TEMPSFORD AIRFIELD
A special project page by St. Swithun's VC Lower School, Sandy on the tragic wartime mid-air collision near Sandy between an RAF Tempsford Stirling bomber LK236 and a U.S.A.A.F. Mustang P51B fighter


A North American Mustang P51-B, similar to the one in the accident
On February 14th 1945 a Mustang P51-B fighter bomber of 383 Squadron U.S.A.A.F, piloted by F/Officer Thomas W. Kiley was making an unauthorised pass over Tempsford and while apparently performing a "mock" attack, it collided with a Short Stirling (LK236) of 161 Squadron, piloted by Flying Officer Timperley, which was returning to Tempsford from an exercise, hitting the RAF Stirling between the wings and the tail. This collision caused the Short Stirling to be cut in two, with the fuselage falling one side of Potton Lane to the east of Sandy, Beds (very near to where the Sandy Heath transmitter now stands) and the tail section on the other side of the lane. The Mustang crashed in the vicinity of Sandy Railway station. All the aircrew of both aircraft were tragically killed that day and are buried in Cambridge.
A Short Stirling bomber, similar to the one in the accident


The epitaph on the gravestone of Flight Sergeant Peter Norman Carr RAF (Flight Navigator) above is a quotation from the last verse of a poem by Henry W. Longfellow. To read the whole poem, CLICK HERE or click on the poem itself above

The Year 4 pupils (aged 8 -9 years) of St. Swithuns VC Lower School Sandy, have undertaken a project about this tragic accident with their headmaster, David Morton. The purpose of the project was not only to discover the facts about this piece of local history, but also to explore the emotions that this collision must have generated at the time. This voyage of discovery has been an important lesson in the children's eductation and understanding of the effects of war. Using "who" and "why" questions, below is a map of the emotions and feelings that the Year 4 pupils realised would have been present at the time.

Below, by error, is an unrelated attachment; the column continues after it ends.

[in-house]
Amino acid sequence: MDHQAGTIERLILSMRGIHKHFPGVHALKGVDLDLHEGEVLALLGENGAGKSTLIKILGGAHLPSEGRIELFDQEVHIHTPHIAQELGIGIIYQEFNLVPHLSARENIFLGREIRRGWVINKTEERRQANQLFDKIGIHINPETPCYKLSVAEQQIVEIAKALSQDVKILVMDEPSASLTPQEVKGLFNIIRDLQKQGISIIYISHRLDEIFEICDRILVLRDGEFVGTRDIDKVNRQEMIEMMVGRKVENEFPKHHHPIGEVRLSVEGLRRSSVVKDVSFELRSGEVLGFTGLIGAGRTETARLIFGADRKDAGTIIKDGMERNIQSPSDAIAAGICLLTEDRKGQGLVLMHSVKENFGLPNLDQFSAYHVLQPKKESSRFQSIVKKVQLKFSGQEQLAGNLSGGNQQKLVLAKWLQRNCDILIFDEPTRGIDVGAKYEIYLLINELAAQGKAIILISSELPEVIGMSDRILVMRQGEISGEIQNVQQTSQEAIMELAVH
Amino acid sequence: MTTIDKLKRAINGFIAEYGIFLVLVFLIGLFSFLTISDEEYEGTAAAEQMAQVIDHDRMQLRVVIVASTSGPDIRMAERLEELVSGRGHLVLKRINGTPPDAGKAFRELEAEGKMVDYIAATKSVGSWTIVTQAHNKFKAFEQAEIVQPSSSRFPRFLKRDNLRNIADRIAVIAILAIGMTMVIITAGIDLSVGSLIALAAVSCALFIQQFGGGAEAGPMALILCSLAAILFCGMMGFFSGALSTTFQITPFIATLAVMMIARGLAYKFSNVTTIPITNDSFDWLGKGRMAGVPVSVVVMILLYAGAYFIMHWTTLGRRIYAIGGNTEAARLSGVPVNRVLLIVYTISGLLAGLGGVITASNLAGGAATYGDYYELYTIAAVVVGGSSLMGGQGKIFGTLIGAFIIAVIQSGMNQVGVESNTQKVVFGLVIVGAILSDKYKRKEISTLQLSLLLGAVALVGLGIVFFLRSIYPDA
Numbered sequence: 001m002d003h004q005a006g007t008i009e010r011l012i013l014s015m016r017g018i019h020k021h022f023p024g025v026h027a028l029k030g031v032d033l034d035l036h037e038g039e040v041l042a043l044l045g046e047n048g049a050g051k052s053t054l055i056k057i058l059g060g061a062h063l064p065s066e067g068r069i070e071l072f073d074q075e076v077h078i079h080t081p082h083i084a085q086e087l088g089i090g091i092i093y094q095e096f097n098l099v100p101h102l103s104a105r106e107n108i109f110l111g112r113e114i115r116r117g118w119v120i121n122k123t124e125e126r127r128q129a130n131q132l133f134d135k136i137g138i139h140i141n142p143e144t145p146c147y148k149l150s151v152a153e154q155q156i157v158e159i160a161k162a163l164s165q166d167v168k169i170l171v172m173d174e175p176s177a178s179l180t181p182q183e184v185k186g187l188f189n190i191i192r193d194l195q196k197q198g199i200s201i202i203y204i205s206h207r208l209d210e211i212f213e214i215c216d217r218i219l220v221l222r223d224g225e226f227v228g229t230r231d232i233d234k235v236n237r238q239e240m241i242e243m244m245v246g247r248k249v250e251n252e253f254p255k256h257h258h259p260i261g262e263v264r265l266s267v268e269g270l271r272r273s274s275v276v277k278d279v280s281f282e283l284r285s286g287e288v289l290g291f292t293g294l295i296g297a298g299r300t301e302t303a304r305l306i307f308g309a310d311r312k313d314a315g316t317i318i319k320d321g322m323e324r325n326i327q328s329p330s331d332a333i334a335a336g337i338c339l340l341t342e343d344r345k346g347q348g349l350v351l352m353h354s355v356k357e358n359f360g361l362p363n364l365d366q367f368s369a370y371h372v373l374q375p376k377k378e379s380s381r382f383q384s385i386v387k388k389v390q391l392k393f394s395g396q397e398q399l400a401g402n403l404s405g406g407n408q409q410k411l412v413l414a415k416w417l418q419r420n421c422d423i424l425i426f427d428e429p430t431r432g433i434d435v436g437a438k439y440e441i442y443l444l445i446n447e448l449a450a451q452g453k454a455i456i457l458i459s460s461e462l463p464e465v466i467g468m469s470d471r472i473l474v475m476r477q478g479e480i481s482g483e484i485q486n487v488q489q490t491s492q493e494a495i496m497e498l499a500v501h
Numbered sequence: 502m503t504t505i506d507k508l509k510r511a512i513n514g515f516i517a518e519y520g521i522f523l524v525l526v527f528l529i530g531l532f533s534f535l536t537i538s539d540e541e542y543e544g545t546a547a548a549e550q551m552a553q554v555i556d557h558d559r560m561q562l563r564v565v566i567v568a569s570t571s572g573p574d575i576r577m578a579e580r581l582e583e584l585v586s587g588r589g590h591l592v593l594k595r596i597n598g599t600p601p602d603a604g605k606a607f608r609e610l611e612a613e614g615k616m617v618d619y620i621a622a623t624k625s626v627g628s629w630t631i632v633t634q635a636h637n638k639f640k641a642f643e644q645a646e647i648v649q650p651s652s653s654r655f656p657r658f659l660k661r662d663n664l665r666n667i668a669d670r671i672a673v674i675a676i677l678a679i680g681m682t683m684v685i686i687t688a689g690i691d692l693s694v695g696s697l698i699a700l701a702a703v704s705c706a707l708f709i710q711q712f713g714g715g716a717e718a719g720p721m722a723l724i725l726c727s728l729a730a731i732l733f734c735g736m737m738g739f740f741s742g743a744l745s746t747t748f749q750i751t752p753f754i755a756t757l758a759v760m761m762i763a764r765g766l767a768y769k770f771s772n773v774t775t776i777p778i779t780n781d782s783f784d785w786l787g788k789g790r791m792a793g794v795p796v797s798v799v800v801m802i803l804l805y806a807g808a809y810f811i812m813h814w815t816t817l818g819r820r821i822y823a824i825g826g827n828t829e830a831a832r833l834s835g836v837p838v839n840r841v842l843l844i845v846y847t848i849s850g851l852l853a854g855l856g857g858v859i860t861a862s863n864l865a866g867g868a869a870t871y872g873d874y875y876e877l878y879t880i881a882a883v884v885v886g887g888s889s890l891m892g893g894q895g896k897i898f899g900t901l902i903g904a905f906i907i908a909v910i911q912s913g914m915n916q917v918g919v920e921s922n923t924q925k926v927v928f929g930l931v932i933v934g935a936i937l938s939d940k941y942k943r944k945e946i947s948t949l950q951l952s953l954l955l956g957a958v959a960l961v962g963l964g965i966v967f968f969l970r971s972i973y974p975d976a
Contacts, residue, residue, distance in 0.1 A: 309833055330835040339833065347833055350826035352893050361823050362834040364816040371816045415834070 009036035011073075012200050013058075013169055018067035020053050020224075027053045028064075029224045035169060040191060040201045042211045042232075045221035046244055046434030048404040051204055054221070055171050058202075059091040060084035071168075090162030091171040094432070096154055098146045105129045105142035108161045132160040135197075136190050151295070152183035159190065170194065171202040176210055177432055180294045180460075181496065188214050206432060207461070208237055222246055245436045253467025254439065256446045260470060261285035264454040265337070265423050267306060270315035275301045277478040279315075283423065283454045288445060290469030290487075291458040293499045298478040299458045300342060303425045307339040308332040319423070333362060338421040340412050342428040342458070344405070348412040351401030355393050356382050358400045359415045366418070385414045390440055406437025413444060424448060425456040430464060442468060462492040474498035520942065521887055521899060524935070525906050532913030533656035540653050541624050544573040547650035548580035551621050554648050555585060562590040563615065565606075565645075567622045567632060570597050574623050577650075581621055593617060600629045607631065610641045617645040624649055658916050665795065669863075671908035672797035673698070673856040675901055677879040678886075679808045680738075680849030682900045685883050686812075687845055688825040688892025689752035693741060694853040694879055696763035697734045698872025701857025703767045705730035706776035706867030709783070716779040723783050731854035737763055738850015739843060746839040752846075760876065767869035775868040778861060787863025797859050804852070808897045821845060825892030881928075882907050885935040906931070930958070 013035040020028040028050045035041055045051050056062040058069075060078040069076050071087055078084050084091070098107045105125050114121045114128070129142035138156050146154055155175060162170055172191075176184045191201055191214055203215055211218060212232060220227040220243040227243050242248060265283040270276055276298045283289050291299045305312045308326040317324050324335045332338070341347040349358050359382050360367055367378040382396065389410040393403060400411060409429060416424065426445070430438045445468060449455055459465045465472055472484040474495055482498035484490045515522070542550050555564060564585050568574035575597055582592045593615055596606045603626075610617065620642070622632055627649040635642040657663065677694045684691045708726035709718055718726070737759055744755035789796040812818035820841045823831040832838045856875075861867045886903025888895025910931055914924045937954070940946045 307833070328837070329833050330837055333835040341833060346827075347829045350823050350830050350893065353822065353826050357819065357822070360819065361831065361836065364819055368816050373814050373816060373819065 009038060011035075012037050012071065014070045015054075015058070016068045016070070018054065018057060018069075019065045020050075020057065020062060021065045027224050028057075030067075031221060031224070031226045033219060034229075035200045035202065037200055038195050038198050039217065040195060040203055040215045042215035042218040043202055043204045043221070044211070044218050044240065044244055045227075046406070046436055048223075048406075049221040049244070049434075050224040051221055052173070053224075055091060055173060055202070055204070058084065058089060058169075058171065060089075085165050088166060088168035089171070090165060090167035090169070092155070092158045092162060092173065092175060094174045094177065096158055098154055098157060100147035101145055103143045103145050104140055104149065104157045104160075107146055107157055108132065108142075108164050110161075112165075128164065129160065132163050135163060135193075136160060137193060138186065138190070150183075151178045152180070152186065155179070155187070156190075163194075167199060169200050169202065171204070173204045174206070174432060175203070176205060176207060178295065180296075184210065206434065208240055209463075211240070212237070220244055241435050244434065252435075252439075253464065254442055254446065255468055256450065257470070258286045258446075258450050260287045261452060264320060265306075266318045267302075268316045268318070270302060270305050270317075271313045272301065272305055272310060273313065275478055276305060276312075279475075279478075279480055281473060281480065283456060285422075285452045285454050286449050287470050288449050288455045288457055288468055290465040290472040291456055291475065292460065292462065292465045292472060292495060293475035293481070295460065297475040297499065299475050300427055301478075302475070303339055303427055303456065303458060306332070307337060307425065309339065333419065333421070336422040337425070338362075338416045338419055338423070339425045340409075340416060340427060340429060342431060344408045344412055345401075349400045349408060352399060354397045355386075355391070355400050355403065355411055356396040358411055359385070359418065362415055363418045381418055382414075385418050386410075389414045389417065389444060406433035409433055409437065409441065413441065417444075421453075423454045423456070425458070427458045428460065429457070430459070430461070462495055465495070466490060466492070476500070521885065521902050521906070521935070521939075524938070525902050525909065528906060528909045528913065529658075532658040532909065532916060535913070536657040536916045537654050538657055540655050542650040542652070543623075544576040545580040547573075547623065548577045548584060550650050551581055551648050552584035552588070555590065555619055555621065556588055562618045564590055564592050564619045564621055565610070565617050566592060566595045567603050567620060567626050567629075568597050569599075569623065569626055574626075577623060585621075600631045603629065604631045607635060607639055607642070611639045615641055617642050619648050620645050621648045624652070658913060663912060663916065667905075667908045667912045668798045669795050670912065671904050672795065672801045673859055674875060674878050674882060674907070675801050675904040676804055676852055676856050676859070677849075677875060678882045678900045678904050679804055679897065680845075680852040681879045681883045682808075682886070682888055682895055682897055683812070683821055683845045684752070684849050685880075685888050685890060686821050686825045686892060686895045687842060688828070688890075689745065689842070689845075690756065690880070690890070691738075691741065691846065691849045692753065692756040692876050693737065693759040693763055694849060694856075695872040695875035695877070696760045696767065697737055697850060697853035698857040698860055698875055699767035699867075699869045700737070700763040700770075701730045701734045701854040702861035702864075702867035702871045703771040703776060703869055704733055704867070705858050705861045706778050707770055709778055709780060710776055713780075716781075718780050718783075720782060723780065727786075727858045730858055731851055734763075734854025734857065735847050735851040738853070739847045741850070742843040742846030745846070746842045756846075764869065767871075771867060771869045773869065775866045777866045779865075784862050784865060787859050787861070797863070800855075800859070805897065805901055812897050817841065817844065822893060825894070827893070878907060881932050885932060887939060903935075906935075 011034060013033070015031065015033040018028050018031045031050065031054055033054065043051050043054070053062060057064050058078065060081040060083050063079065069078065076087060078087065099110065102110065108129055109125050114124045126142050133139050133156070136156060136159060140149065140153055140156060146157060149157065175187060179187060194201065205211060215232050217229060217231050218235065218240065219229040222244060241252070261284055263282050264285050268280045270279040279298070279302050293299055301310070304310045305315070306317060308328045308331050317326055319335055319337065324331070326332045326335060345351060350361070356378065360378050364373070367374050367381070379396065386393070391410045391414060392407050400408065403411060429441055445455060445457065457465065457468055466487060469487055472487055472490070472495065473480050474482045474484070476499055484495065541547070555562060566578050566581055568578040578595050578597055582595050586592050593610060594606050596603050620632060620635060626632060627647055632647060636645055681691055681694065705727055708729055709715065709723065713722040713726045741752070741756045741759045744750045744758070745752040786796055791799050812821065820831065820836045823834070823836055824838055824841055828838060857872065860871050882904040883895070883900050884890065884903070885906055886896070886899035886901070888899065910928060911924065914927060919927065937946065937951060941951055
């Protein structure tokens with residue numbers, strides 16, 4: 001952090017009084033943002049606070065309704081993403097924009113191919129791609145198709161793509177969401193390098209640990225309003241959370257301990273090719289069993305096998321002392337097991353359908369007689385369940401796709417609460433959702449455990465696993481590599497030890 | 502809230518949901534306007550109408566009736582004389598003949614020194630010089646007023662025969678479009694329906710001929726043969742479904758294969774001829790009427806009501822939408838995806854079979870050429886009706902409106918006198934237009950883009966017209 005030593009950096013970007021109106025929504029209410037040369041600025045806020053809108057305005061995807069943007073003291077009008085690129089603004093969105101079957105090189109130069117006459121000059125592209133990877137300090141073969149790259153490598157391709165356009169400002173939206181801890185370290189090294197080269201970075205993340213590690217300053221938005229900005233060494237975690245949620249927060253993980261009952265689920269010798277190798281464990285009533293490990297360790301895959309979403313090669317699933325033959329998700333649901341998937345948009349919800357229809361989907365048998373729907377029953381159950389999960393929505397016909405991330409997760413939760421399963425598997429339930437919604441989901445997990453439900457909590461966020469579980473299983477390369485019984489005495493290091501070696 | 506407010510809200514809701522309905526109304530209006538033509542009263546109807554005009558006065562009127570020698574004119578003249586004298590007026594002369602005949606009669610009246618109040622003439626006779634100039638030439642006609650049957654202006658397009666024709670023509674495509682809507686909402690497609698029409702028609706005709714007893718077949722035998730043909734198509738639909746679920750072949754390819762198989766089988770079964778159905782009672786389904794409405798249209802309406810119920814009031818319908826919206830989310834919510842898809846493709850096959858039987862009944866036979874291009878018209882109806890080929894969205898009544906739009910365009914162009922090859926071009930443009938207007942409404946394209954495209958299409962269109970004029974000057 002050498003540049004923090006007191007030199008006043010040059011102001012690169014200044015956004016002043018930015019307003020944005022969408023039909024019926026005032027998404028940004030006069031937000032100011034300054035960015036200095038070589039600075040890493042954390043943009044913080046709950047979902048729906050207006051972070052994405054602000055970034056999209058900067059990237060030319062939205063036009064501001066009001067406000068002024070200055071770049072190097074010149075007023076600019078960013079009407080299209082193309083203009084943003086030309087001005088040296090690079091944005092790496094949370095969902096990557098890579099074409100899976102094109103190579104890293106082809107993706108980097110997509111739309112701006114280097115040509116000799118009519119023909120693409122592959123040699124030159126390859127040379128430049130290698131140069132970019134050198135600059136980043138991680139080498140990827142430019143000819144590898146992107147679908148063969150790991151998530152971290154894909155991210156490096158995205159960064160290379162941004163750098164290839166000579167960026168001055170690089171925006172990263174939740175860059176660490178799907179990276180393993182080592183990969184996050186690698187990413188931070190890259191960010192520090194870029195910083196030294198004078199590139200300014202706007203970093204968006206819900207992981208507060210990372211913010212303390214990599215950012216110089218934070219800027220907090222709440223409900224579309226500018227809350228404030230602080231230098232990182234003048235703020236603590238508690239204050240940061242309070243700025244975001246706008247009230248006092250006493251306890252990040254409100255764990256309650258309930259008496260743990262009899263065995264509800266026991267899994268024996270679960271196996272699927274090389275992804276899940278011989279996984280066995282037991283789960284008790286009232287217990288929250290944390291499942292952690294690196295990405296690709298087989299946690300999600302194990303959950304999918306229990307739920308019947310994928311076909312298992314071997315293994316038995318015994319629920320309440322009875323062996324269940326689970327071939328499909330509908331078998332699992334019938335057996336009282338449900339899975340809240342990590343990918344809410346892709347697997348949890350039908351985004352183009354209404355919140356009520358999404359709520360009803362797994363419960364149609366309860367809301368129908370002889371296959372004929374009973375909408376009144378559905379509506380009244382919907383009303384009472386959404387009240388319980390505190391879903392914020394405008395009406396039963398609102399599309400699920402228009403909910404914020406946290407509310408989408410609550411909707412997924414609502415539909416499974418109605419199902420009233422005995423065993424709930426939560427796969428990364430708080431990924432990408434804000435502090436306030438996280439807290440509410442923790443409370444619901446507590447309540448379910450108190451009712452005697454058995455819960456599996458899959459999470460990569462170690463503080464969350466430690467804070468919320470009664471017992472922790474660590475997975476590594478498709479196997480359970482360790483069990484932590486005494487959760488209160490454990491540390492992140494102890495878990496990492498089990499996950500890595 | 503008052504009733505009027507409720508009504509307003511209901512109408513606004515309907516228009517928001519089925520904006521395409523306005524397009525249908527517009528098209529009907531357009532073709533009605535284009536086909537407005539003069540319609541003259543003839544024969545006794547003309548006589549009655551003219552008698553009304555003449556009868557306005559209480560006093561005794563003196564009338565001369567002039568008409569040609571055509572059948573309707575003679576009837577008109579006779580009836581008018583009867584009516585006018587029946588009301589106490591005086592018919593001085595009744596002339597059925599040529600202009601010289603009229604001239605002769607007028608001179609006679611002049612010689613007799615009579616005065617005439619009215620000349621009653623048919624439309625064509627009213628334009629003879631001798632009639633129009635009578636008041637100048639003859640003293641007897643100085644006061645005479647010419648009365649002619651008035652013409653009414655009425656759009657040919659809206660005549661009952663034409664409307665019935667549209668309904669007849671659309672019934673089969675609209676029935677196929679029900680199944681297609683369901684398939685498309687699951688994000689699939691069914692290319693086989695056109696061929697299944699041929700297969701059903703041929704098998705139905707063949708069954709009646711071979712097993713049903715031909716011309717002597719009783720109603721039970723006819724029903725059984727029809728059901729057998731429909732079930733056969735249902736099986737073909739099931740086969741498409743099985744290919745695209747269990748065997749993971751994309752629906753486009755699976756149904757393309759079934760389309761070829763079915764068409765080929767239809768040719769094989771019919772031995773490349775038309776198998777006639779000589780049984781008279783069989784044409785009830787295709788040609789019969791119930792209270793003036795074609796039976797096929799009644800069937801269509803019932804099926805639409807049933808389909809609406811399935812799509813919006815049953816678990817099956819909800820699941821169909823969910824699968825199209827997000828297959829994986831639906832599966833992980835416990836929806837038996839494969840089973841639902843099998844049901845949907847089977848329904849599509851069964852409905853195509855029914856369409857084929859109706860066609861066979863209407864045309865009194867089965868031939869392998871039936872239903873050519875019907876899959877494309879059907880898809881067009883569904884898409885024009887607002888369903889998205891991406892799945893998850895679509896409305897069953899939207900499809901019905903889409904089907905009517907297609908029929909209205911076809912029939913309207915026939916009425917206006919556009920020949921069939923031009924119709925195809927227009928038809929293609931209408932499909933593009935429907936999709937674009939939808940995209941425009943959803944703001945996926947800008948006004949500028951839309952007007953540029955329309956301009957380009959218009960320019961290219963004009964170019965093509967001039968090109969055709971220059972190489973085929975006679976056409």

The pupils then turned their attention to the subject of forgiveness.

Quite umprompted, Jack, one of the young pupils, came out with the following important observation:
“ It’s important to forgive, because if you don’t, you get angry inside and the anger doesn’t go away”











IMPORTANT INFORMATION
Tempsford Airfield is a private airfield and as such not open to the public. Where possible small groups of visitors may be allowed access but only by prior arrangement. Anyone wishing to visit the airfield must to request permission to do so beforehand.

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